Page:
Let me say a few words about the historical aspect of this case. This revolutionary crime in Bengal—it is confined to a comparatively small area in India and has disappeared almost from the rest of India—is no new thing in Bengal. It has existed for a great many years past. Sometimes it has boiled up and at other times it has gone down. Someone may say, "Is it not a fact that it has boiled up most under coercive measures, and that it has been less active when you have treated the people in the way that the hon. Gentleman would like them to be treated?" As a matter of fact, the exact opposite is the case. A number of people were interned during the war for taking part in revolutionary conspiracy, and in 1920 the then Viceroy, the then Secretary of State, Mr. Montagu, gave a general amnesty as a result of the passage of the Montagu-Chelmsford Act. So far from mending their ways, a number of them returned to their evil course—that of taking or attempting to take or threatening the lives of officials and private individuals. Several of the very people who were liberated in 1920 had to be reinterned in 1924. No impartial person looking at their record could fail to be quite certain that these people are revolutionary to their very bones.

The hon. Member spoke about Mr. Bose. Let me say at the outset that the fact that a man occupies an important position as the chief executive officer of the Calcutta Corporation does not determine that man's guilt or innocence. Whatever confidence the Calcutta Corporation might have in Mr. Bose, the members of that Corporation are not quite the reasonable and moderate people that the hon. Member suggested. I think he was paying them an extreme compliment in saying that they were moderate and reasonable, for they would be considered extreme even in some of the extremist districts in this country. The fact that they had confidence in Mr. Bose has really nothing whatever to do with the matter. Mr. Bose was imprisoned for having broken the law in regard to revolutionary crime. As to his release the circumstances are perfectly clear and there is no mystery about them. Mr. Bose's health was found to be unsatisfactory some time ago. While his health at that time was not such as, in the opinion of the Government, to justify his unconditional release, it was decided to make an offer by which he would be permitted to leave prison and reside under certain restraint for a certain period. Mr. Bose refused to accept that offer. I do not criticise him for doing so, for it was entirely his own affair. Consequently he was not released at that time.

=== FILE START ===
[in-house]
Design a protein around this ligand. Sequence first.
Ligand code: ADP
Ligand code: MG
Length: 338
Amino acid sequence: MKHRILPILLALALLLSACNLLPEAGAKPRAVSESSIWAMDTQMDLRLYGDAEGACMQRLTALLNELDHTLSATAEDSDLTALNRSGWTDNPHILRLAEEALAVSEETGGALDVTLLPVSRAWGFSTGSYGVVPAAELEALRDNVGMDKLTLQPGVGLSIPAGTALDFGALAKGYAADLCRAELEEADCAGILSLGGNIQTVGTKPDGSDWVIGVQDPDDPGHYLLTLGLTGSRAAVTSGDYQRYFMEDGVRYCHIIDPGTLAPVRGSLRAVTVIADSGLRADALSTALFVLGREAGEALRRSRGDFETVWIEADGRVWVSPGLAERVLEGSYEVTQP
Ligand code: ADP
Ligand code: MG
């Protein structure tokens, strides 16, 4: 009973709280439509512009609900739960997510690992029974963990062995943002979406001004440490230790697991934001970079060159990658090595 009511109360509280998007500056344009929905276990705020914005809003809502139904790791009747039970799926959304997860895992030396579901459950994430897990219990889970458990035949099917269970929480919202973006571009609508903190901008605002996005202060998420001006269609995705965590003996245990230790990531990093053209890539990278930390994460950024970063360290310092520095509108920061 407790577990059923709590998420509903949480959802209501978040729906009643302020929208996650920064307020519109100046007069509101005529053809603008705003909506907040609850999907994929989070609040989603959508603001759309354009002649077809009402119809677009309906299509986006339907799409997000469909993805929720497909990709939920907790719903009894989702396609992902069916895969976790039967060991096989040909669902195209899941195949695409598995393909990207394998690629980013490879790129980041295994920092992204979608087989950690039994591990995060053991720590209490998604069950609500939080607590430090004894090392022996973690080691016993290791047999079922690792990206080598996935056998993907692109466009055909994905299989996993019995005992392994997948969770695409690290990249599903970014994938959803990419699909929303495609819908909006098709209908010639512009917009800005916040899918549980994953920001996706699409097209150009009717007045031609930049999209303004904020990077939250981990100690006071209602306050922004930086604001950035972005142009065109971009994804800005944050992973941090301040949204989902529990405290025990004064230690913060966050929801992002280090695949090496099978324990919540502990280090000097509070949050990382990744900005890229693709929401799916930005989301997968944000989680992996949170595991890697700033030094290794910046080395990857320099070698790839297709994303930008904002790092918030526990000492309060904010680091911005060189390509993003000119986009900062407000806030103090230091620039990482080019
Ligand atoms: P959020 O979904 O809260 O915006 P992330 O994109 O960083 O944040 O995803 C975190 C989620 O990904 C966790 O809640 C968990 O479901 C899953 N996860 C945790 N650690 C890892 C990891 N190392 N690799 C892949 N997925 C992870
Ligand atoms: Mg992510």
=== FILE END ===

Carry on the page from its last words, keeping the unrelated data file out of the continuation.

Shortly afterwards, further investigation was made into the condition of his health, and it was found that he had not improved. I do not believe it is true to say that he is in a dying condition, but his health was not improving, and consequently the Government released him unconditionally. There is no mystery about it. They would have done exactly the same in the case of any other person, whether he occupied a high place or was lowly placed in private life. The Government would certainly not make any special arrangements because of the position which this gentleman occupies in private life. That is all there is about it. With regard to publishing the report of the doctor, I think it would be quite unusual. I have made some private inquiries in official circles in this country, and I understand that it would be quite unusual to publish the report of a medical officer when upon that report it has been decided to release any particular prisoner on the ground of his health. I do not know that even Mr. Bose would want the report published, but if he did I can see no reason for altering what is the usual procedure.